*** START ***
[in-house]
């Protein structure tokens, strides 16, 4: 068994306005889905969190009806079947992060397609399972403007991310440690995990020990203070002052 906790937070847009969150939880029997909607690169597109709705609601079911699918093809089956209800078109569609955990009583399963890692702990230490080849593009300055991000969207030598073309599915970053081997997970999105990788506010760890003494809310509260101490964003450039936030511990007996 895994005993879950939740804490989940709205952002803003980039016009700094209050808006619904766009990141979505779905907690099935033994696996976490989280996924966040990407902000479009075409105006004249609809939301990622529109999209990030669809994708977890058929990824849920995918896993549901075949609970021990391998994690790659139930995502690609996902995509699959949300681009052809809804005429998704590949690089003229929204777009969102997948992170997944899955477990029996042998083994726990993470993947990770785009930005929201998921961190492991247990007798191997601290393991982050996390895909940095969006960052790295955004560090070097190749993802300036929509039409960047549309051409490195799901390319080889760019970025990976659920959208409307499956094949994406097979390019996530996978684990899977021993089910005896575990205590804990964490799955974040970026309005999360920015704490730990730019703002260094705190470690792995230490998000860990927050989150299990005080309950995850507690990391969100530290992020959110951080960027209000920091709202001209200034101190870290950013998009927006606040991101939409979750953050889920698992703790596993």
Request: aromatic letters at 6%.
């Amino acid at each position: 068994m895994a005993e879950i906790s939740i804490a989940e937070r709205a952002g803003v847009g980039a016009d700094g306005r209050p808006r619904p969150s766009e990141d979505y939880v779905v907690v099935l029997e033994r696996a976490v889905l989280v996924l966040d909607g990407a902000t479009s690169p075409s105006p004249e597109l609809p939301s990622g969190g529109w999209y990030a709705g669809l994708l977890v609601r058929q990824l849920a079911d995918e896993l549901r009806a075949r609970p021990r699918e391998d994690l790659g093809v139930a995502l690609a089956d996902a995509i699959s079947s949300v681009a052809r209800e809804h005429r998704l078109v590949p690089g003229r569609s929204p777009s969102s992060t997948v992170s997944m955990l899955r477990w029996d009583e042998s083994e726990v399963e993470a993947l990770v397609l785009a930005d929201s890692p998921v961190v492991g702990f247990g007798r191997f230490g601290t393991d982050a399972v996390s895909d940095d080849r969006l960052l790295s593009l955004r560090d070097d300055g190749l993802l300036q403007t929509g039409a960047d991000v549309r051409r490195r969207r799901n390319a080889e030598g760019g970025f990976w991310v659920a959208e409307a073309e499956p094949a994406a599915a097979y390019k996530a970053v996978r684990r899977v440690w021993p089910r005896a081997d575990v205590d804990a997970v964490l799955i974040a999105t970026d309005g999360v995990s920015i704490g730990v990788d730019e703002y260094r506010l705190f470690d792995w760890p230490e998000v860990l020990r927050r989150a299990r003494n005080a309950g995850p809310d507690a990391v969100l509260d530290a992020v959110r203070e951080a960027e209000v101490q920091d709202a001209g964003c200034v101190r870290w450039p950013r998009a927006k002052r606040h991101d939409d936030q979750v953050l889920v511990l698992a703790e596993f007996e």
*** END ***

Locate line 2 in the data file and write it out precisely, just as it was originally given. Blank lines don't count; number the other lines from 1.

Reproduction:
């Protein structure tokens, strides 16, 4: 068994306005889905969190009806079947992060397609399972403007991310440690995990020990203070002052 906790937070847009969150939880029997909607690169597109709705609601079911699918093809089956209800078109569609955990009583399963890692702990230490080849593009300055991000969207030598073309599915970053081997997970999105990788506010760890003494809310509260101490964003450039936030511990007996 895994005993879950939740804490989940709205952002803003980039016009700094209050808006619904766009990141979505779905907690099935033994696996976490989280996924966040990407902000479009075409105006004249609809939301990622529109999209990030669809994708977890058929990824849920995918896993549901075949609970021990391998994690790659139930995502690609996902995509699959949300681009052809809804005429998704590949690089003229929204777009969102997948992170997944899955477990029996042998083994726990993470993947990770785009930005929201998921961190492991247990007798191997601290393991982050996390895909940095969006960052790295955004560090070097190749993802300036929509039409960047549309051409490195799901390319080889760019970025990976659920959208409307499956094949994406097979390019996530996978684990899977021993089910005896575990205590804990964490799955974040970026309005999360920015704490730990730019703002260094705190470690792995230490998000860990927050989150299990005080309950995850507690990391969100530290992020959110951080960027209000920091709202001209200034101190870290950013998009927006606040991101939409979750953050889920698992703790596993």